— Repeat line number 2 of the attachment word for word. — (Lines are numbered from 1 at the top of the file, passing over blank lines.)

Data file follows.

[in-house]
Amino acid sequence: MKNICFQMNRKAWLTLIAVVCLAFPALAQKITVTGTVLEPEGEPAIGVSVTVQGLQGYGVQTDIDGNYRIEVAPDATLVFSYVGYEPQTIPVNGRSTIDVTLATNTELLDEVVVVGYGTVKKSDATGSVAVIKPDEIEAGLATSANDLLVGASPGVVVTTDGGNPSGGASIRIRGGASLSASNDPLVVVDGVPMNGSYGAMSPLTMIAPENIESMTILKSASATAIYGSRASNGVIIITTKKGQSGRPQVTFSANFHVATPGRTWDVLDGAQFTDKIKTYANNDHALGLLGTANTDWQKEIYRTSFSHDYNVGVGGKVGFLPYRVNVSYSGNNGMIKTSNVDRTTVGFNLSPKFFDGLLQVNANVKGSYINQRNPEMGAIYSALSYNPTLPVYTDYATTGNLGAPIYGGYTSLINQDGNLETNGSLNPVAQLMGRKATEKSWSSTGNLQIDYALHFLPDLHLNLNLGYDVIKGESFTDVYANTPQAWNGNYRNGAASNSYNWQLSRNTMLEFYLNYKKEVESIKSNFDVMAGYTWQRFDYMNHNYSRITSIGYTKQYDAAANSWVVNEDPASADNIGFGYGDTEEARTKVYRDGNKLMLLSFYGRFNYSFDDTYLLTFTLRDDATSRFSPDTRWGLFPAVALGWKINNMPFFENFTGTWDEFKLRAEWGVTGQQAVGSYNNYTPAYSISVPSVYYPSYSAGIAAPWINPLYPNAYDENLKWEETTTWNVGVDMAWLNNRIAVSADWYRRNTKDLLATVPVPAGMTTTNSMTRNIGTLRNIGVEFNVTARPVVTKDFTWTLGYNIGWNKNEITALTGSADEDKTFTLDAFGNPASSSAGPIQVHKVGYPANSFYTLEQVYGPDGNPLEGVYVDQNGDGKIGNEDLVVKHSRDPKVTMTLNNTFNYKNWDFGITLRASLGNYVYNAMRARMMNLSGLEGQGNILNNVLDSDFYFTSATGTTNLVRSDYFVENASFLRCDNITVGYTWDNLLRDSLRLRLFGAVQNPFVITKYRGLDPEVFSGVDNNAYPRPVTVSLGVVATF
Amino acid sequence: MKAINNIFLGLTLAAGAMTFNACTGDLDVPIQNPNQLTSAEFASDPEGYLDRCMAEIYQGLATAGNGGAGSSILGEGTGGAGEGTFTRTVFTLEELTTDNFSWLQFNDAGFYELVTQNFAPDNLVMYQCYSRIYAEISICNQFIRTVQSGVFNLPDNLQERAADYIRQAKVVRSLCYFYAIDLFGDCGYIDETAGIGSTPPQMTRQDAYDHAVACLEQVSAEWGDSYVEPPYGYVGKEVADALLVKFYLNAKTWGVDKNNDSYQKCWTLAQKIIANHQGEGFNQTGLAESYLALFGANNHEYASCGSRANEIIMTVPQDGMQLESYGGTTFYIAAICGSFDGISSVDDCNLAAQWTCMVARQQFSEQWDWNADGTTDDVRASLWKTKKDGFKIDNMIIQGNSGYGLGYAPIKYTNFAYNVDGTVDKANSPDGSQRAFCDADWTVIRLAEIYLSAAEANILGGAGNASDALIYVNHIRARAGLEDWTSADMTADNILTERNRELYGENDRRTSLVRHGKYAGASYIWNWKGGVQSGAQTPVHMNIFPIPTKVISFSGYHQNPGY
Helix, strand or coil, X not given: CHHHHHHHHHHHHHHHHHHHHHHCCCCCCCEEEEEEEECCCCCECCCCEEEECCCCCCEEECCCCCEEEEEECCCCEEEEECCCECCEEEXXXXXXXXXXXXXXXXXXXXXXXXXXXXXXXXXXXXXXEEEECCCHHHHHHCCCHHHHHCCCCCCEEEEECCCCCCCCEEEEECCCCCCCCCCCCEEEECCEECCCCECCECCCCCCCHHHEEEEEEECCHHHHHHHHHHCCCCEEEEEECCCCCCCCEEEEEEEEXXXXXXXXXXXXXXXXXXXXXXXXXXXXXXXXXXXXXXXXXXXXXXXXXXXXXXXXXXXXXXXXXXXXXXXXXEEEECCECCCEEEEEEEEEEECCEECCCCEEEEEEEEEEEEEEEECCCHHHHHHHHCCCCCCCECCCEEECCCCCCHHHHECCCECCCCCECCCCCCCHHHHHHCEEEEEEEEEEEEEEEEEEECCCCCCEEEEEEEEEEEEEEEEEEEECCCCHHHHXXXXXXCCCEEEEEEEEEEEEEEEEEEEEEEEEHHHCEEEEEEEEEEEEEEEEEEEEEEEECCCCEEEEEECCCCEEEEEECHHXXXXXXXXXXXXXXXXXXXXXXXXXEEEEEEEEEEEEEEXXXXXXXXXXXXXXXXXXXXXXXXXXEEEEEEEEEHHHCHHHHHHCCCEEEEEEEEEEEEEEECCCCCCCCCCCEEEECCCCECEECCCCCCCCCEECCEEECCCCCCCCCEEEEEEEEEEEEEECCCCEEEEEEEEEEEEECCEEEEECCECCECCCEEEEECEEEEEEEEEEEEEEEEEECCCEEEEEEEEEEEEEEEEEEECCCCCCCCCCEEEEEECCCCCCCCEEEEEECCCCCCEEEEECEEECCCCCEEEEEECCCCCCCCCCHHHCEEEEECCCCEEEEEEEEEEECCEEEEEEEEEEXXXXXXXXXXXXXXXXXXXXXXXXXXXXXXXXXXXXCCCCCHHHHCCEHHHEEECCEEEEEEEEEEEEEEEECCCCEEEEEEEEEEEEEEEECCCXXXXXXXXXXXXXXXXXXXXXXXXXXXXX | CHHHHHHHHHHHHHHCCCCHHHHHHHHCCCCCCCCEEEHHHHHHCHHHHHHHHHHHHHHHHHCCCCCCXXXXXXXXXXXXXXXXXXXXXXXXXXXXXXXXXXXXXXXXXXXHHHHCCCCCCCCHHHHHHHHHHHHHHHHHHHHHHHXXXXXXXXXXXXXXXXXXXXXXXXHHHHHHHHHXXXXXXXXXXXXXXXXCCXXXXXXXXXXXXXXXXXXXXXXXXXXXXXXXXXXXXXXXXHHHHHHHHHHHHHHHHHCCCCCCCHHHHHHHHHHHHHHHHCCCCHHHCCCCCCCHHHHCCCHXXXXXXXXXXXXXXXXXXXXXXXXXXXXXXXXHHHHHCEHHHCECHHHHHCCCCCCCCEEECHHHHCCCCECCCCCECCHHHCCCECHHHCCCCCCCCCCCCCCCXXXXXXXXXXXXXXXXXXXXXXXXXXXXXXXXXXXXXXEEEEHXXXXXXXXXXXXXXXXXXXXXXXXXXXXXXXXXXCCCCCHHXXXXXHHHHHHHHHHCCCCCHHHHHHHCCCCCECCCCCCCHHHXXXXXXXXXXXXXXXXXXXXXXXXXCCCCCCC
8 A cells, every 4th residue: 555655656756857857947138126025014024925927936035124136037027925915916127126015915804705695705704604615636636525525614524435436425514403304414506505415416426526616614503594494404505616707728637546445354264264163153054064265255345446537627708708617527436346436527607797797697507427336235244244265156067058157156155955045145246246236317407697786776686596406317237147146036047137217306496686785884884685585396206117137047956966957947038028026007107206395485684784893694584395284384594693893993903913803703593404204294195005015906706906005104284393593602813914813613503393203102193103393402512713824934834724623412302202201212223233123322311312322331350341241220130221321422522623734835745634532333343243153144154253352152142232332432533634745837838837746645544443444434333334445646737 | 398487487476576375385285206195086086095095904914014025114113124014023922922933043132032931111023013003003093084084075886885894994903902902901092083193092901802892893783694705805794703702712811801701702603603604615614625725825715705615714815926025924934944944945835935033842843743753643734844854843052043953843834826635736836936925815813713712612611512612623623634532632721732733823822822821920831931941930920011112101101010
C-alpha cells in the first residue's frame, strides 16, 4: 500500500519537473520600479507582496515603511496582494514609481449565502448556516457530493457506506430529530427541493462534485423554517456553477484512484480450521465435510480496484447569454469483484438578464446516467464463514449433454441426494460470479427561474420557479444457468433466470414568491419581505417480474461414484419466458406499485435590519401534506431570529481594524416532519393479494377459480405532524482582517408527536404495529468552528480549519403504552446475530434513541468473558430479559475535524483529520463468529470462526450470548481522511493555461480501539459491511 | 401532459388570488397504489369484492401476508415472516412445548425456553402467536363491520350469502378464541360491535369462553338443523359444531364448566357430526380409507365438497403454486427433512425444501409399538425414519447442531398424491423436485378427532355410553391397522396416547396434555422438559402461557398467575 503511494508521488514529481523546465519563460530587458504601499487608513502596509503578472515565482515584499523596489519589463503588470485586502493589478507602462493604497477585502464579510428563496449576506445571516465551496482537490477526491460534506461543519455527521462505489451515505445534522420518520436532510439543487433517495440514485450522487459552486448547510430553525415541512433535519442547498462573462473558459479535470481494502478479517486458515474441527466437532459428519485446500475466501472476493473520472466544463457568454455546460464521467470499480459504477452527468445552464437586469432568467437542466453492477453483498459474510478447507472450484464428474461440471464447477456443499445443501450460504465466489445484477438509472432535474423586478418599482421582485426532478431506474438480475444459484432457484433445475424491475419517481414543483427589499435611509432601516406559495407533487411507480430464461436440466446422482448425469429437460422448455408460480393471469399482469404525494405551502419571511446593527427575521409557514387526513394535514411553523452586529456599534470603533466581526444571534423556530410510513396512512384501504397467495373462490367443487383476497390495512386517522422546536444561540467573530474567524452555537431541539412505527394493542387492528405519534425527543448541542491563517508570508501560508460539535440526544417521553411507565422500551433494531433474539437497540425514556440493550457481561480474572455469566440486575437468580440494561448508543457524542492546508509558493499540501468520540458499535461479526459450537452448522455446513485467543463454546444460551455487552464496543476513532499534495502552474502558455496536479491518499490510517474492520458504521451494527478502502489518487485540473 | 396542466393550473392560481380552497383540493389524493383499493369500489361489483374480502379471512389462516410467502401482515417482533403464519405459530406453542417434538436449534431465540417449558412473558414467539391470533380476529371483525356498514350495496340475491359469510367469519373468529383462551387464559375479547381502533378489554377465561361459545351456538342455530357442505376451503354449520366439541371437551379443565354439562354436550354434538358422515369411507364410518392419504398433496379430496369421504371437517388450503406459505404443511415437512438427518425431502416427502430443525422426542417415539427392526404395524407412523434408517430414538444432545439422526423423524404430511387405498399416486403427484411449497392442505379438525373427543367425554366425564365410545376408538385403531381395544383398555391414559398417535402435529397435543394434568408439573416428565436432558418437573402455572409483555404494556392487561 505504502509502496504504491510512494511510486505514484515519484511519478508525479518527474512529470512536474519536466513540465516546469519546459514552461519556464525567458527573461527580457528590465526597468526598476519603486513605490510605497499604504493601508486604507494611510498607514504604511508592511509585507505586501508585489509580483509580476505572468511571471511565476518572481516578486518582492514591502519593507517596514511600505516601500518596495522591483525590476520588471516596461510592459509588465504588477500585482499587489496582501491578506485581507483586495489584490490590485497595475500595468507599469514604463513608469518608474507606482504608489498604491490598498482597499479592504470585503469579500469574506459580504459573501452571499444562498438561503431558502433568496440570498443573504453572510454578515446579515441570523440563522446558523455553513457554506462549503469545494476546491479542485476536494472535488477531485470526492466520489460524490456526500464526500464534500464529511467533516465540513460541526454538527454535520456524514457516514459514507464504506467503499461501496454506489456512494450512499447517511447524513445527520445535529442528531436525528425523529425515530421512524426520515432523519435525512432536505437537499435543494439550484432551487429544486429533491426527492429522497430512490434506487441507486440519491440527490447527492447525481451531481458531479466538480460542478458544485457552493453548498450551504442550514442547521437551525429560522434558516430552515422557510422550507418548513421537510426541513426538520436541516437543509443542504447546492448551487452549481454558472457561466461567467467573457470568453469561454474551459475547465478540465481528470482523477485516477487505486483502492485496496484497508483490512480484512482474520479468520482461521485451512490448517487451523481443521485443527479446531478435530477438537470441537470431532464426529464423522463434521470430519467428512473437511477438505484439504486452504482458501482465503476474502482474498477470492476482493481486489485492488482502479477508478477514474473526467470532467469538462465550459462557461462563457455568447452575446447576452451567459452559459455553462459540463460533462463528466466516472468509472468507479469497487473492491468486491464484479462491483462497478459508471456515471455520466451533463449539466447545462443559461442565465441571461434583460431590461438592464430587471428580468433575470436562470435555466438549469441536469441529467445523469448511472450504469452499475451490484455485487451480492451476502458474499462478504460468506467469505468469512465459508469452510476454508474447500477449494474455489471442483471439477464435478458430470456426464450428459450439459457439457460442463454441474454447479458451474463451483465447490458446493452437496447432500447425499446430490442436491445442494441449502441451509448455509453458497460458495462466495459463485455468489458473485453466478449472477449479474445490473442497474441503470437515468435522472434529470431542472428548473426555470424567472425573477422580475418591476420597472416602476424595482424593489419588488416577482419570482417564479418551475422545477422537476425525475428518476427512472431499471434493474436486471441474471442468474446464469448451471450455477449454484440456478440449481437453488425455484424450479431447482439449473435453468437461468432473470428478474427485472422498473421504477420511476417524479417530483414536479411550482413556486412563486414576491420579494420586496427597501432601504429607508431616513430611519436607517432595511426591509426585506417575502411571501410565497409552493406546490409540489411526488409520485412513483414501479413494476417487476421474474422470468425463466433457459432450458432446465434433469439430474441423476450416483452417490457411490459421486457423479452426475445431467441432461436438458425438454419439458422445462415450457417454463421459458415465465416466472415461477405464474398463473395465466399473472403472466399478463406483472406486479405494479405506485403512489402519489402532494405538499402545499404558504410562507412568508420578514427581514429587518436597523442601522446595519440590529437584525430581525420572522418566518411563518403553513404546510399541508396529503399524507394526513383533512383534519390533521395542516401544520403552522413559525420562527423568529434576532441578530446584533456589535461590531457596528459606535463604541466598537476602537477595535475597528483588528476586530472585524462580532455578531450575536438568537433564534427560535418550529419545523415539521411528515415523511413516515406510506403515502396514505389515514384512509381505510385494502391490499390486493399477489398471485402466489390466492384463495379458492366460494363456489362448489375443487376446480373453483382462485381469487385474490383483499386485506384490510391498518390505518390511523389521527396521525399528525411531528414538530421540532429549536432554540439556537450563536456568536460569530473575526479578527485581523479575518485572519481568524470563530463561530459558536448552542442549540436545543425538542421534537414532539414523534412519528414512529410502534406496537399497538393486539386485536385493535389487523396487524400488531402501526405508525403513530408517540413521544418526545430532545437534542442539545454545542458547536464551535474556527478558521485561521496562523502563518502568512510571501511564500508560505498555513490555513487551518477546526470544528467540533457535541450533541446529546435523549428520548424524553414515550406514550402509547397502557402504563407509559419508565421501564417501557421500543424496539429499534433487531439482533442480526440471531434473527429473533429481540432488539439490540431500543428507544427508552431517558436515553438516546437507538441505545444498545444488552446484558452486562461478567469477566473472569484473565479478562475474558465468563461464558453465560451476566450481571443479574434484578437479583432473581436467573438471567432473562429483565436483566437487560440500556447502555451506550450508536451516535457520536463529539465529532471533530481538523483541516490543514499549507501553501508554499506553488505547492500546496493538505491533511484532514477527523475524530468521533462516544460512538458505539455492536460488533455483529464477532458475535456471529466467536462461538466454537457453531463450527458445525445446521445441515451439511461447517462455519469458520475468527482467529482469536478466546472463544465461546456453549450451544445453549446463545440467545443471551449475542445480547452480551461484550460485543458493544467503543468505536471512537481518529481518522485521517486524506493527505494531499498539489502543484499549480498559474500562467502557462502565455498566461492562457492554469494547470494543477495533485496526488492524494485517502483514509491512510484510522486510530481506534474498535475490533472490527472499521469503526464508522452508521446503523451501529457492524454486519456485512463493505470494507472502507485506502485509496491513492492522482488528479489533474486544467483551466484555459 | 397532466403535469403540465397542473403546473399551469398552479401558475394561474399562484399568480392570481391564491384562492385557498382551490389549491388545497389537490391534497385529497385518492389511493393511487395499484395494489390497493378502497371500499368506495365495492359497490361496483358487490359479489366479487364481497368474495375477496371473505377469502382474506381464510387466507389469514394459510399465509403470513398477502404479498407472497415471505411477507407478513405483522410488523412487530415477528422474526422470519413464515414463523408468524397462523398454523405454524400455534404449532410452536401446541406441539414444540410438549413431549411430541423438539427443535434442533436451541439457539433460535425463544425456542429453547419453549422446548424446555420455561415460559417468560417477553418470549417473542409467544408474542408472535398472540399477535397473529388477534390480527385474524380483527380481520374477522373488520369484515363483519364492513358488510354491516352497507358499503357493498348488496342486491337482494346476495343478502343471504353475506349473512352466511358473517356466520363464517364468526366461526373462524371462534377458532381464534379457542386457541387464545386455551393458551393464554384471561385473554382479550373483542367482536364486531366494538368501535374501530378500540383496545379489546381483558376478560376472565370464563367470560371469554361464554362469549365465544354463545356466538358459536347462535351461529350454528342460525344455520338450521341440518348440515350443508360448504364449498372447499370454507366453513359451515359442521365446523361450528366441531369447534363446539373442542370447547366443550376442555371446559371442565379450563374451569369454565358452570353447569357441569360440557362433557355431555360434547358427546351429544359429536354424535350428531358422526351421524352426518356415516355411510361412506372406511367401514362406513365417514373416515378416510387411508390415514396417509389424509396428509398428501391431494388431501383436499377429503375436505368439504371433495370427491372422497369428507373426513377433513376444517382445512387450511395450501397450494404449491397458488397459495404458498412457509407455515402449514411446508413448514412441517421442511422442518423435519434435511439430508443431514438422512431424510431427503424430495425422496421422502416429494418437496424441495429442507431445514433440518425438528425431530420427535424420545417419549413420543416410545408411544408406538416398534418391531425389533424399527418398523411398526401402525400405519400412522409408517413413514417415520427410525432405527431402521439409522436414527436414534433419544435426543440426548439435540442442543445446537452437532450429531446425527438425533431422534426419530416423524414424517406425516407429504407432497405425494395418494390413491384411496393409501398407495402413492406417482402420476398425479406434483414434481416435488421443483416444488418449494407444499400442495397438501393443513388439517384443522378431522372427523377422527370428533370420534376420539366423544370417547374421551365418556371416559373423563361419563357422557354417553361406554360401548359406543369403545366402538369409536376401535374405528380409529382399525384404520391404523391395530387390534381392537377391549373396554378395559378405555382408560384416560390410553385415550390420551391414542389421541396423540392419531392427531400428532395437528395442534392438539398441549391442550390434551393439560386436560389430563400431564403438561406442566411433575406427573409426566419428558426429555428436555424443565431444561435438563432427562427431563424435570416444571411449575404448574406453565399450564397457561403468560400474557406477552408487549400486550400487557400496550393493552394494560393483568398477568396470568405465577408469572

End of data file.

Amino acid sequence: MKNICFQMNRKAWLTLIAVVCLAFPALAQKITVTGTVLEPEGEPAIGVSVTVQGLQGYGVQTDIDGNYRIEVAPDATLVFSYVGYEPQTIPVNGRSTIDVTLATNTELLDEVVVVGYGTVKKSDATGSVAVIKPDEIEAGLATSANDLLVGASPGVVVTTDGGNPSGGASIRIRGGASLSASNDPLVVVDGVPMNGSYGAMSPLTMIAPENIESMTILKSASATAIYGSRASNGVIIITTKKGQSGRPQVTFSANFHVATPGRTWDVLDGAQFTDKIKTYANNDHALGLLGTANTDWQKEIYRTSFSHDYNVGVGGKVGFLPYRVNVSYSGNNGMIKTSNVDRTTVGFNLSPKFFDGLLQVNANVKGSYINQRNPEMGAIYSALSYNPTLPVYTDYATTGNLGAPIYGGYTSLINQDGNLETNGSLNPVAQLMGRKATEKSWSSTGNLQIDYALHFLPDLHLNLNLGYDVIKGESFTDVYANTPQAWNGNYRNGAASNSYNWQLSRNTMLEFYLNYKKEVESIKSNFDVMAGYTWQRFDYMNHNYSRITSIGYTKQYDAAANSWVVNEDPASADNIGFGYGDTEEARTKVYRDGNKLMLLSFYGRFNYSFDDTYLLTFTLRDDATSRFSPDTRWGLFPAVALGWKINNMPFFENFTGTWDEFKLRAEWGVTGQQAVGSYNNYTPAYSISVPSVYYPSYSAGIAAPWINPLYPNAYDENLKWEETTTWNVGVDMAWLNNRIAVSADWYRRNTKDLLATVPVPAGMTTTNSMTRNIGTLRNIGVEFNVTARPVVTKDFTWTLGYNIGWNKNEITALTGSADEDKTFTLDAFGNPASSSAGPIQVHKVGYPANSFYTLEQVYGPDGNPLEGVYVDQNGDGKIGNEDLVVKHSRDPKVTMTLNNTFNYKNWDFGITLRASLGNYVYNAMRARMMNLSGLEGQGNILNNVLDSDFYFTSATGTTNLVRSDYFVENASFLRCDNITVGYTWDNLLRDSLRLRLFGAVQNPFVITKYRGLDPEVFSGVDNNAYPRPVTVSLGVVATF